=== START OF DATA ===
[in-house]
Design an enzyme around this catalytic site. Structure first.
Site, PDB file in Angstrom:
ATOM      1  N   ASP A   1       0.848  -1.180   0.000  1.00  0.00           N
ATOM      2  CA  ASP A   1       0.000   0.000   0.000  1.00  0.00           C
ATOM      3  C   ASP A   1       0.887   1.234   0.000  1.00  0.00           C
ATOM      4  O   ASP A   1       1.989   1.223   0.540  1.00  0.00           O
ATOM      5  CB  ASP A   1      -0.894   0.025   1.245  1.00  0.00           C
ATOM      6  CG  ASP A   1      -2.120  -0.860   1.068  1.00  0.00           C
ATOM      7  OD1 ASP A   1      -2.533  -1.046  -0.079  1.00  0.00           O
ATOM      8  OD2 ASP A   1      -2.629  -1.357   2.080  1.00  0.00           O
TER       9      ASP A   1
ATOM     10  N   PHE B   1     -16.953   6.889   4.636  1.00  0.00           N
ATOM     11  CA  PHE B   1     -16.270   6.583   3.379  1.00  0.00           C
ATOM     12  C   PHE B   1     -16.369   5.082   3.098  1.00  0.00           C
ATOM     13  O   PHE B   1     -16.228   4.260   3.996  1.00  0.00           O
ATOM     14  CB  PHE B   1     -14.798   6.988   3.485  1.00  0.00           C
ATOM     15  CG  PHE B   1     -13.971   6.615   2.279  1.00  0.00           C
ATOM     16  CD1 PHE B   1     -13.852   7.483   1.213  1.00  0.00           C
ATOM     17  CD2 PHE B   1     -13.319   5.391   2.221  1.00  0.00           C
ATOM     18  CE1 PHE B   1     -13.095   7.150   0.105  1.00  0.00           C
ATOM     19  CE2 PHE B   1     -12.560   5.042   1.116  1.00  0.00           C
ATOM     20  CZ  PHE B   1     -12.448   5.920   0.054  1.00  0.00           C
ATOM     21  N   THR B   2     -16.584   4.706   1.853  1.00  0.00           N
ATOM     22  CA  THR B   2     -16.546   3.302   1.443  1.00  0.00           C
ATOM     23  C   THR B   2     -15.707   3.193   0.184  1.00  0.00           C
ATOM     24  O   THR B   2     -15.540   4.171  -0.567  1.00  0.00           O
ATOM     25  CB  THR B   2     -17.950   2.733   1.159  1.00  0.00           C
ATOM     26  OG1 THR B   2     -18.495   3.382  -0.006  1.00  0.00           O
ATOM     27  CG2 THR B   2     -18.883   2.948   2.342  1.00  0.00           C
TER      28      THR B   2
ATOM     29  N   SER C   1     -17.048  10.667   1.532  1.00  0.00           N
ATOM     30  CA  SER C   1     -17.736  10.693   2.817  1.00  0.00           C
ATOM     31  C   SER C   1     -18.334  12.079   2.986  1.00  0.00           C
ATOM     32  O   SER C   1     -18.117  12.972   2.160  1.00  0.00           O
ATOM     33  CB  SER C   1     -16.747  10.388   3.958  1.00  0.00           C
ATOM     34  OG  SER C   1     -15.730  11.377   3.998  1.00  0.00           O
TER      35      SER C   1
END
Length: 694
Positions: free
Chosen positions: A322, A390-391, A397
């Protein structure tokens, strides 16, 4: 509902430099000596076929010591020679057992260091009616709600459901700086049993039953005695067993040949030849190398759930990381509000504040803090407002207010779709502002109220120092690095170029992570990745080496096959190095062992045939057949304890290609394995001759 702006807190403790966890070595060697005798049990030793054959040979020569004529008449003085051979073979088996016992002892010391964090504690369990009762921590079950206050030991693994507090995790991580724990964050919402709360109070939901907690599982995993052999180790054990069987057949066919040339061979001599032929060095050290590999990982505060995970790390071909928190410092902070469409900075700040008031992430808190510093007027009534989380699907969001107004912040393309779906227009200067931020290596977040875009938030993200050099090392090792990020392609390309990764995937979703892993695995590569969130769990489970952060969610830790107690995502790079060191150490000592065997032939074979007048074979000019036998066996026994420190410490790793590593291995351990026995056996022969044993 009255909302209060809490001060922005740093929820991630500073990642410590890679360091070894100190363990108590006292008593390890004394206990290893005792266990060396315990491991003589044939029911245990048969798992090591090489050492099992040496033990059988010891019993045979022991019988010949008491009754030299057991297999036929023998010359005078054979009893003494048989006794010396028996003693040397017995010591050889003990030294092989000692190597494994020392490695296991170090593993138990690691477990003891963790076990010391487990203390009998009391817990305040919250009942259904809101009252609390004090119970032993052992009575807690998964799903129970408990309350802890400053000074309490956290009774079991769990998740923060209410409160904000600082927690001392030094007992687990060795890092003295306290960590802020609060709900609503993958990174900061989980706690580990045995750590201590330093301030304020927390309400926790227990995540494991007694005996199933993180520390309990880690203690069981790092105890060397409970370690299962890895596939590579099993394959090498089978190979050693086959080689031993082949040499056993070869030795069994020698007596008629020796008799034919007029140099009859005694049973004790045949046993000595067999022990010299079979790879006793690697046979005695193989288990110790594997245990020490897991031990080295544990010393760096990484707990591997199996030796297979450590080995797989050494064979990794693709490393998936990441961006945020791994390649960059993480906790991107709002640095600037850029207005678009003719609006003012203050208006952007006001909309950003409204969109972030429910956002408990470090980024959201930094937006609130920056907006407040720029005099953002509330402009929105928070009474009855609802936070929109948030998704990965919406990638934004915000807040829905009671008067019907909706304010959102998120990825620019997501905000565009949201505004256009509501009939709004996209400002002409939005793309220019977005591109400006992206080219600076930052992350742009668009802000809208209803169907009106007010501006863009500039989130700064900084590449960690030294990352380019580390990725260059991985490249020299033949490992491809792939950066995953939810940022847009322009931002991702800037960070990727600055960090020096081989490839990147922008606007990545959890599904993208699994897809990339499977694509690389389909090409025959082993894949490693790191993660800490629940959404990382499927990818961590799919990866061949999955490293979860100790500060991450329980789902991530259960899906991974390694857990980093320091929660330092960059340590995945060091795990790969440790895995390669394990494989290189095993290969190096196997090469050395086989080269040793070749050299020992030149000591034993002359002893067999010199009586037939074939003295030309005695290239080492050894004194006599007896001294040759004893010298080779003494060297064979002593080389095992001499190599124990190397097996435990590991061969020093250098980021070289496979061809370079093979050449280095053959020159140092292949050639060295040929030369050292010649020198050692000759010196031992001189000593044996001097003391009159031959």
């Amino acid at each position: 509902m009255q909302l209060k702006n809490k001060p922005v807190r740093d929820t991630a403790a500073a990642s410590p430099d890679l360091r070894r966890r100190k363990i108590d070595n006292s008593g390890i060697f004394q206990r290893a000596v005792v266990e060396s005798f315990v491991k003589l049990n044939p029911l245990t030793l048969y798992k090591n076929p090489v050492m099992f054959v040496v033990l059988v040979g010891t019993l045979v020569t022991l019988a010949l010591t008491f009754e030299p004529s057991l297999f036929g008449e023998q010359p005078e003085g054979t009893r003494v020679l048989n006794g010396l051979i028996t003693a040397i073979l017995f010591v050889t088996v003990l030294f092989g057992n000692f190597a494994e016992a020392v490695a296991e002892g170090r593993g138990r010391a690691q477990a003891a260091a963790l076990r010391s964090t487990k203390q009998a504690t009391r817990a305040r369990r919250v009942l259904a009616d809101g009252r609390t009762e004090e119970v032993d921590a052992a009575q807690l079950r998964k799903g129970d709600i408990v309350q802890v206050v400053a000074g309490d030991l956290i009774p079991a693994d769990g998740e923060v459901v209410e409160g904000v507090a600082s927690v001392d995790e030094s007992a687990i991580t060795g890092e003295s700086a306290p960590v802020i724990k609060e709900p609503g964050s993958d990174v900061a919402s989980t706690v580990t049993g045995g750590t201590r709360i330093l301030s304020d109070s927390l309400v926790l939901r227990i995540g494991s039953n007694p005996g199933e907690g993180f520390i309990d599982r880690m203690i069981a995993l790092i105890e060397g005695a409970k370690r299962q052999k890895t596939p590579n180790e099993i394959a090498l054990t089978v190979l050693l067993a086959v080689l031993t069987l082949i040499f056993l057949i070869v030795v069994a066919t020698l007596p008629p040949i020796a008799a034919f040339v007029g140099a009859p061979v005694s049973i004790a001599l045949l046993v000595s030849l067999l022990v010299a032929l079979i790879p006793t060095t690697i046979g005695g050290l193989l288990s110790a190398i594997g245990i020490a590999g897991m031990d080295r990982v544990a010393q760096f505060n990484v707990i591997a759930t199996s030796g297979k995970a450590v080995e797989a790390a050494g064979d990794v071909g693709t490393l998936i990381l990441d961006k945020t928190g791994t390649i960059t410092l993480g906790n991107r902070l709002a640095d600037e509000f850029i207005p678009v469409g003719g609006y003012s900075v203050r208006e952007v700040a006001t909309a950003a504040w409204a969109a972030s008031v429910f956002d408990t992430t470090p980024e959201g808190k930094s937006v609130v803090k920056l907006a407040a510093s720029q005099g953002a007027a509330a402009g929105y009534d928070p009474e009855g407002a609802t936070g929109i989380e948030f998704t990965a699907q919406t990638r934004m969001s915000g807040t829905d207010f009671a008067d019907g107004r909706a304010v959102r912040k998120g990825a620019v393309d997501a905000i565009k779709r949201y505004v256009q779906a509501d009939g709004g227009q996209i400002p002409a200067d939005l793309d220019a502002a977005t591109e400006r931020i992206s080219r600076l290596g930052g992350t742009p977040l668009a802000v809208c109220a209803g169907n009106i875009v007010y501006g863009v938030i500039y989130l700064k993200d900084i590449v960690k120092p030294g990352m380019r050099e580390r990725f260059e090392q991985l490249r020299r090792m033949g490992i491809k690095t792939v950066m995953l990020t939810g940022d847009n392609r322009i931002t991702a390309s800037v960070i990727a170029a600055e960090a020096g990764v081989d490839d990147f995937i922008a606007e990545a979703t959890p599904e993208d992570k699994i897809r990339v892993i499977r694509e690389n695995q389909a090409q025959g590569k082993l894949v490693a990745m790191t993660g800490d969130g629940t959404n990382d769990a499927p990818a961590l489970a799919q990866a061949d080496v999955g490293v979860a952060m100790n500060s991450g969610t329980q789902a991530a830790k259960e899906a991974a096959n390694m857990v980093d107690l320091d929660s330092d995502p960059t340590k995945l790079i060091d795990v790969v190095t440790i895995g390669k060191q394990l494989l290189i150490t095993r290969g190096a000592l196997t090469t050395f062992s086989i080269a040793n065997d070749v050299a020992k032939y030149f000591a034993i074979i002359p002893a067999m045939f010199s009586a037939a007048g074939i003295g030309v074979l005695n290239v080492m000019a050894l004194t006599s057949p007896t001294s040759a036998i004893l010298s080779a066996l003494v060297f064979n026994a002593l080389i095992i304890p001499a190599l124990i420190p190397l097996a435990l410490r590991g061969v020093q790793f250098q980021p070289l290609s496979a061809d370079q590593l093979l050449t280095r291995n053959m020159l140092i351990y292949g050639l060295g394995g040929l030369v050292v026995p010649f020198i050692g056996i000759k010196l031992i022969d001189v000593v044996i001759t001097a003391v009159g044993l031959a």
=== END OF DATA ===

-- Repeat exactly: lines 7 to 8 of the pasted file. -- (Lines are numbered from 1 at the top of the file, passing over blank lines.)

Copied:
ATOM      4  O   ASP A   1       1.989   1.223   0.540  1.00  0.00           O
ATOM      5  CB  ASP A   1      -0.894   0.025   1.245  1.00  0.00           C